Rather than use a particular individual's story to focus our reflection, we have chosen to present a fictional account of a clergy woman living with depression. Although this narrative does not represent an actual person, it incorporates the experiences of many women and men who live with depression. To read real-life narratives of individuals we have encountered in person or through printed material, please visit our Narratives page.
ďMelissaĒ is a solo pastor serving a mid-sized United Church of Christ congregation. She is in her late thirties, married, with two children. She summarizes many of the themes depressed women describe, from the burden of too many responsibilities to the fear of revealing her depression to her community.
Advent is always the busiest time of the season at our church. Every group is having Christmas teas and cookie sales, and alternative gift-giving opportunities, and the congregation is holding pot lucksóeverything social seems to happen at once. Then thereís the servicesóthe ďBlue ChristmasĒ service, the ecumenical community holiday service, the childrenís pageant, the commissioning of the youth for their damn ski trip, then, of course, thereís Christmas Eveís three services, and thereís next Sundayís services as well. In addition to this bustle, the church year starts, so I have meetings with the Deacons and the Associate Pastors to outline goals for the New Year. And, of course, there are my pastoral visits and sermons to write, a newsletter to put out and my own family to deal with. I would love to have time to take my kids to the Mall to have their picture taken with Santa Claus, but I just donít have the hour to spare. My husband had to take them this year. When he came home and told me about the great time they had getting their pictures done, and how my youngest kept asking for me, I just lost it. I started crying uncontrollably, and realized how miserable Iíve become. Iíve been trying to be so strong and fulfill all my responsibilities, but I just canít shake this sense of guilt that Iím not doing my ďbest.Ē The ďbestĒ pastor would be able to go to most all the social events AND preach an inspiring sermon on Sunday morning. The ďbestĒ mom would be able to make Christmas special for her kids by spending time with her family. And itís not just a JOB for me. Iím called by God to be a pastor, and a wife, and a mother. And, Iím exhausted! Even if I have a moment to spare, all I want to do is lay down on the couch in my office, lock the door to shut out the world, and go to sleep. But then I canít sleep at night because Iím thinking about all the things left undone from the day. Iíve mentioned my guilt to my husband, whoís doing his best to help me with the family. He said for me to go to therapyóthat maybe I needed to talk to someone about how emotional Iíve been lately. You know, I appreciate his concern, but I have no interest in going. First of all, I have no time for therapy. If I canít spare an hour for my kids, Iím not going to spare it for some therapist at $100 a pop. Plus, I was trained in family therapy. I know that Iím a ďworkaholic,Ē and that Iím depressed because of stress. A therapist is only going to confirm what I already know . . . and I canít see how thatís worth the waste of time and money. Not to mention the fact that if anyone at church found out, I might be in jeopardy of losing my job. Iím the one that counsels folks who are falling apart. I canít fall apart. Iím not allowed. The congregation needs to think of me as capable and put-together. Thatís what true leadership is about. In the meantime, I feel like Iím spiraling out of control. More and more things are left undone at the end of the day. Iím spending more and more time locked in my office, and my family is getting less and less quality time with me. Through all this I send out empty prayers that God will heal me, and help me bring back my joy, but Iím not hearing any answers. I feel like Iím too tired to listen. Pretty soon itís going to be too hard to pray.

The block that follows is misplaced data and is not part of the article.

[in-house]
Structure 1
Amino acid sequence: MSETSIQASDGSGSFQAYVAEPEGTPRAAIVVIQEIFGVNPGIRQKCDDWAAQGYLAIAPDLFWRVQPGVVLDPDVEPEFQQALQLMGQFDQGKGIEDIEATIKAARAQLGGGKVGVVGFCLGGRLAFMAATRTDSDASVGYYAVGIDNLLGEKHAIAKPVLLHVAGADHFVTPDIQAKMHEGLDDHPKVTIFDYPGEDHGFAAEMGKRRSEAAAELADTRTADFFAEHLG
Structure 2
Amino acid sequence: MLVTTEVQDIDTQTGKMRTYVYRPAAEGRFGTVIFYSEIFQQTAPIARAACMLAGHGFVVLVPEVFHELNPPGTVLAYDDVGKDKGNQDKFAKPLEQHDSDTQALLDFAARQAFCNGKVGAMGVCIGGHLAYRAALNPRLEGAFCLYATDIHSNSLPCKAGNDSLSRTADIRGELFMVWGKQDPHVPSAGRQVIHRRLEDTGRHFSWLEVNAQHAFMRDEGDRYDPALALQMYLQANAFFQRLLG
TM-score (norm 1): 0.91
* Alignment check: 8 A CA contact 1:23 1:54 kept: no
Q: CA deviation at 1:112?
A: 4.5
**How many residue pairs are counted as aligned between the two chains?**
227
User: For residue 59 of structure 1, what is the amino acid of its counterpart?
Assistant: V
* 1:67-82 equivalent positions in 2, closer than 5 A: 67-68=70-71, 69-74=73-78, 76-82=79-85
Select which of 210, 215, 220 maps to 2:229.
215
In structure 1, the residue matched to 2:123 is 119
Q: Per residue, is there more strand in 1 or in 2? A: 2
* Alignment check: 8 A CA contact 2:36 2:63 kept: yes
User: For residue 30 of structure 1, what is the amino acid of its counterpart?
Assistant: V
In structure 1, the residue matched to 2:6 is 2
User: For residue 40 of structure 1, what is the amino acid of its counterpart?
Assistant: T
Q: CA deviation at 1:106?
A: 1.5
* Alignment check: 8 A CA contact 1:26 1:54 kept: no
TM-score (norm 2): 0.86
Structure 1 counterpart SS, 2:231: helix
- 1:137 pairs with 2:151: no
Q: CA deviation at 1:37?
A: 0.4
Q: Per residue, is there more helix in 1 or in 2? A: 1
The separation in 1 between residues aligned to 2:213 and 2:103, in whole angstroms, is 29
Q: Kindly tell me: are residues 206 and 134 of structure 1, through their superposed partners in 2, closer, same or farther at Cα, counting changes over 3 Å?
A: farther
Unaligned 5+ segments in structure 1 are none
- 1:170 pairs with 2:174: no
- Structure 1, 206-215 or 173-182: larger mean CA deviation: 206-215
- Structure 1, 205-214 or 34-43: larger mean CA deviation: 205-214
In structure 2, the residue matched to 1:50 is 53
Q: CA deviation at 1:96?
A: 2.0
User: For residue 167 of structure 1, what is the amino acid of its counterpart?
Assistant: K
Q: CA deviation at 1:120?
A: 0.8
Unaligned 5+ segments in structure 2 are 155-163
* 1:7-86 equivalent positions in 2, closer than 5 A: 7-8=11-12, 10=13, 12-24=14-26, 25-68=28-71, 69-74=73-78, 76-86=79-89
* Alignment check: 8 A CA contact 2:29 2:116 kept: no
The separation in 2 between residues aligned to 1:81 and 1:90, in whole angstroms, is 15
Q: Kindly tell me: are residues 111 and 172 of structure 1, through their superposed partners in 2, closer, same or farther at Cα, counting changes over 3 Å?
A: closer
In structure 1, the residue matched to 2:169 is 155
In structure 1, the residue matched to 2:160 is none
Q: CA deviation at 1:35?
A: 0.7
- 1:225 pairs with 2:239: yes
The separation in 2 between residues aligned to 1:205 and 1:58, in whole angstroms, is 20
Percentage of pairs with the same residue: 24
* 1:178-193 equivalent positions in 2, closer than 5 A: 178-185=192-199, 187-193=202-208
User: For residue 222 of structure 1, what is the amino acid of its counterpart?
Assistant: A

[Proceed to the Situation]